The Difference Between Bully Targets and Bully Victims

MP90043317973% of all nurses report experiencing bullying or witnessing bullying by their nurse colleagues.  Knowing that there are approximately 3.1 million nurses practicing in the United States, more than 2 million of us have experienced or witnessed bullying by our colleagues.
We are hemorrhaging good nurses because of nurse bullying – leaving us left with the bullies! Good nurses are leaving the profession because of the physical, emotional, and psychological impact bullying has on a person.
Nurses who are subjected to repeated acts of bullying behavior internalize the conflict and actually start to believe the bully. They believe that they aren’t good enough or that they should know more; be more; do more. They start to believe that maybe they don’t have what it takes to be a good nurse. They question their competence and their decision to become nurses. These thoughts lead to physical and psychological stress. Without intervention, they leave.
One way to create a force field around nurses is to help nurses view themselves as targets and NOT as victims. But to do that, we need to understand the difference.

The Difference Between Bully Targets and Bully Victims
TARGET – Understand that the bully has selected you as their next target. By identifying yourself as a target, this allows you to be objective and to depersonalize the bully’s behavior, thus, minimizing their impact on your physical, emotional, and mental health.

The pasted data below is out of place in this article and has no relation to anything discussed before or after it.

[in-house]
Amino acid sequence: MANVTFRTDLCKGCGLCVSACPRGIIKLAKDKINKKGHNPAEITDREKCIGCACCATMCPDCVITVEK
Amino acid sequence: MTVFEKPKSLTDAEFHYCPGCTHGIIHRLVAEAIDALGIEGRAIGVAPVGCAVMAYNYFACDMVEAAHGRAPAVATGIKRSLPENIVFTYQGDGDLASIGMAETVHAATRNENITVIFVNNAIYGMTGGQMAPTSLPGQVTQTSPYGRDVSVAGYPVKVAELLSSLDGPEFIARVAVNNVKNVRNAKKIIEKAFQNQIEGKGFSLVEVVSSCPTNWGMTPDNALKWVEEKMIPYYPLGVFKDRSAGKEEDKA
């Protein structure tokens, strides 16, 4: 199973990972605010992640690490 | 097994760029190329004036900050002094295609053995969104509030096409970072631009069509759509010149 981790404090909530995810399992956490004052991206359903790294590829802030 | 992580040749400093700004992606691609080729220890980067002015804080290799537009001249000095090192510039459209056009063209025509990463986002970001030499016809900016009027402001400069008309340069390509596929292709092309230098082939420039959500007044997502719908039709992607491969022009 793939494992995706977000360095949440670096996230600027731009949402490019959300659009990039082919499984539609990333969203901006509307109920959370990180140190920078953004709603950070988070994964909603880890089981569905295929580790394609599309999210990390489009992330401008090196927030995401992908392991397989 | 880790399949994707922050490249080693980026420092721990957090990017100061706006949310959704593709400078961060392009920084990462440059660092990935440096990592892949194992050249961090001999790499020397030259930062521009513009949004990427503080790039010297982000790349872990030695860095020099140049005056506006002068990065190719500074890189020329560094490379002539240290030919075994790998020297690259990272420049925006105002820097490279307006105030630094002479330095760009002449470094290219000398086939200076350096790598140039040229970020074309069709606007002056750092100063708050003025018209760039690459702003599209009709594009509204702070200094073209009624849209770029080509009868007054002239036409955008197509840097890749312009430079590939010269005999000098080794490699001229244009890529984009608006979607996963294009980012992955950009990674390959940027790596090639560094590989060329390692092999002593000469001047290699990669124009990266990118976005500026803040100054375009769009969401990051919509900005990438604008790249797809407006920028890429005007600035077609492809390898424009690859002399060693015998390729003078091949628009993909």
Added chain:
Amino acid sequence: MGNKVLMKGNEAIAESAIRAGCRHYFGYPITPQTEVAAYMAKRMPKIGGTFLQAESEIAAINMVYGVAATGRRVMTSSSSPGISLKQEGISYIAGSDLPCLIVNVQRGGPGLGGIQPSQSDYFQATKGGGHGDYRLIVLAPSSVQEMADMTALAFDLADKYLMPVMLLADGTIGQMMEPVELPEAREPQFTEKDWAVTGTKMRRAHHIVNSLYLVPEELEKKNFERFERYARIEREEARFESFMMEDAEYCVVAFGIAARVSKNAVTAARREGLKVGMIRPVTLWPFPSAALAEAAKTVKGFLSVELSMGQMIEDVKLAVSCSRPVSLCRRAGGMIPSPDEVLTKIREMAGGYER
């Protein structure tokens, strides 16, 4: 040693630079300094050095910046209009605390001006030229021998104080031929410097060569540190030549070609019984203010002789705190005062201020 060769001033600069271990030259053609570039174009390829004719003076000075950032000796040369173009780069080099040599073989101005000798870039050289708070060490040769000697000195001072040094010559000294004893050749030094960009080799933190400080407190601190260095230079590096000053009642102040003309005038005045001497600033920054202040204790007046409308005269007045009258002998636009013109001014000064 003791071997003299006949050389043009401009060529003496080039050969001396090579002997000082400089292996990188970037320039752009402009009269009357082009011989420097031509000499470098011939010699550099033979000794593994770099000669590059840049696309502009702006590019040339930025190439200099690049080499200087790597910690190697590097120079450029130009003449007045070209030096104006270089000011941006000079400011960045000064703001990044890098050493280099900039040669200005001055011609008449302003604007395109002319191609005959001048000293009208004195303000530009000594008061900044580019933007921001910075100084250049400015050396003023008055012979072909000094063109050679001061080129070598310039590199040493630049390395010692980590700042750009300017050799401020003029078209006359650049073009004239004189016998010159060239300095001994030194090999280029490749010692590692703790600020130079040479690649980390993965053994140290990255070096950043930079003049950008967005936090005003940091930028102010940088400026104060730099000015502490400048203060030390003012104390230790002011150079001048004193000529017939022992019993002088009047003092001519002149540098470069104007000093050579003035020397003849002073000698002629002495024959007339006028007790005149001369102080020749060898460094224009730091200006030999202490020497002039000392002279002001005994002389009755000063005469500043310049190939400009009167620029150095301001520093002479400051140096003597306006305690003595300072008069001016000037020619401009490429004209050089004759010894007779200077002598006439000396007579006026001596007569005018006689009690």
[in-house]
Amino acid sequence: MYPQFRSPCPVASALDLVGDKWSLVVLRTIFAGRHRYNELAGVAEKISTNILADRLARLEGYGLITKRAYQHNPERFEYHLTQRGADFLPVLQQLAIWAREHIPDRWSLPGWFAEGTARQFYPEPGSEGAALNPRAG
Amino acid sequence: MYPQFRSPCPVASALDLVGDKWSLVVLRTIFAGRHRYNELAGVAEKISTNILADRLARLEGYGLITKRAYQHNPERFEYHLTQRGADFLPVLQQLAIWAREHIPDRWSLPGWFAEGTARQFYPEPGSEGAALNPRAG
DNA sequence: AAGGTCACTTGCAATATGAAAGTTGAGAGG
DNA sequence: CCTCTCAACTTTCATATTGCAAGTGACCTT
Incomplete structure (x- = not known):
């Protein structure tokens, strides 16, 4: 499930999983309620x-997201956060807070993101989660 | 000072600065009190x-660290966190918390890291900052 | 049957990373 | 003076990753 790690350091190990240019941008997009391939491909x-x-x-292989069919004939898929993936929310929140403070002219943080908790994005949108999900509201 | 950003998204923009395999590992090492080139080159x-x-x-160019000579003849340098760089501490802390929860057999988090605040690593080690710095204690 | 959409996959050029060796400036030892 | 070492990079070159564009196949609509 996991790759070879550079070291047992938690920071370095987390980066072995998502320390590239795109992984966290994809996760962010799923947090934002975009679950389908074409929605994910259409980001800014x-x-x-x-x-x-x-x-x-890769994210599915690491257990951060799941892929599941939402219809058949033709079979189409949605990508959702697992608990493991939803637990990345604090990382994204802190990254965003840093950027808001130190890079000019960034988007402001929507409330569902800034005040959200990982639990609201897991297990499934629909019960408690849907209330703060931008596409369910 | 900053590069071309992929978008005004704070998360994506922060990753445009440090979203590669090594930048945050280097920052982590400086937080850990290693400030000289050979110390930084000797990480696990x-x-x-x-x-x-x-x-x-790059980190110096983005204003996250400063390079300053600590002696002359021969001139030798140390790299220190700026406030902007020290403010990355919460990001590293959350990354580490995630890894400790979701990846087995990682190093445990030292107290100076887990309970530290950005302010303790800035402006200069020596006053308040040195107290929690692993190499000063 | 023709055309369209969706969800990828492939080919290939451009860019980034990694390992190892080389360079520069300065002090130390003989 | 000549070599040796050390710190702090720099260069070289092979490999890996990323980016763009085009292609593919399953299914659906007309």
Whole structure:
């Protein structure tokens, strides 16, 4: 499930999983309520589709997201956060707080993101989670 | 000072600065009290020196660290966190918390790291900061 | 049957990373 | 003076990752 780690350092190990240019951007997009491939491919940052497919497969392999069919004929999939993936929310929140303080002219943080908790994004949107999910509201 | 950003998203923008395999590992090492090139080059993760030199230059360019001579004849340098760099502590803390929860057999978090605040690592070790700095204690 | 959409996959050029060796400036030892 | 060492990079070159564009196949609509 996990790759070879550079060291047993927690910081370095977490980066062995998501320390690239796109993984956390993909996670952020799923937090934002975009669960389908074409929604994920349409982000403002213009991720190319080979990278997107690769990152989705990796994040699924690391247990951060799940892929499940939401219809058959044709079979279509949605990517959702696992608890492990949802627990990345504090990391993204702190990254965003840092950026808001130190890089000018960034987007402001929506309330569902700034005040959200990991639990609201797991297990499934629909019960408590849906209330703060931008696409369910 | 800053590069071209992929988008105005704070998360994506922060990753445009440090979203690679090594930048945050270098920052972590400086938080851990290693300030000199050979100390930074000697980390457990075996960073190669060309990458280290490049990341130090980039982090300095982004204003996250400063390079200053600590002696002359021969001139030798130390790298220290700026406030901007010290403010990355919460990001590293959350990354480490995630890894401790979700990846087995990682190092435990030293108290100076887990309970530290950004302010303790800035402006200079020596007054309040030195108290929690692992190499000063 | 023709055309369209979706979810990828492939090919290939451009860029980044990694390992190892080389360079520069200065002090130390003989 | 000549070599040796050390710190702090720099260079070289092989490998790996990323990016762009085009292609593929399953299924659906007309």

VICTIM – When you view yourself as a victim, you feel helpless, out of control, and powerless to do anything about your situation.  As a victim, you are more likely to suffer physical and psychological consequences and may decide to leave the nursing profession.
If you are in a bullying situation, you are NOT a victim. You are a target.
As a target, you DO have control and power over your situation. In my book, “Do No Harm”Applies to Nurses Too!, I teach nurses the steps they can take to stop the cycle of bulling.
At the Workplace Bullying Institute, you can find a Bullied Target 3-Step Action Plan  to help you gain control over your situation.
The key is to separate yourself from the bully by naming it for what it is – You’ve been selected. You’ve been targeted. You are NOT a victim. And, you deserve to work in an environment free from the bullies!
Nurses should be kind – not cruel!
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About Renee Thompson

Dr. Renee Thompson is a keynote speaker, author and professional development/anti-bullying thought leader. Renee spends the majority of her time helping healthcare and academic organizations address and eliminate bullying behavior. To find out how you can bring Renee to YOUR organization or nursing event, visit

There are 2 comments on this post
  • Renee Thompson
    Renee Thompson
    Nov 01, 2015 Reply

    Yes Jordan! It's a mindset shift. When you see yourself as a target and NOT a victim, you depersonalize the situation. you stop internalizing their behaviors and believing them! Thanks so much for taking time to comment. I'm doing everything I can to stop the cycle of bullying!

  • Renee Thompson
    Oct 30, 2015 Reply

    Some very interesting thoughts here. Terminology can actually mean a lot in these sort of situations. Thinking of yourself as a target, not a victim, can change how you perceive and handle it.

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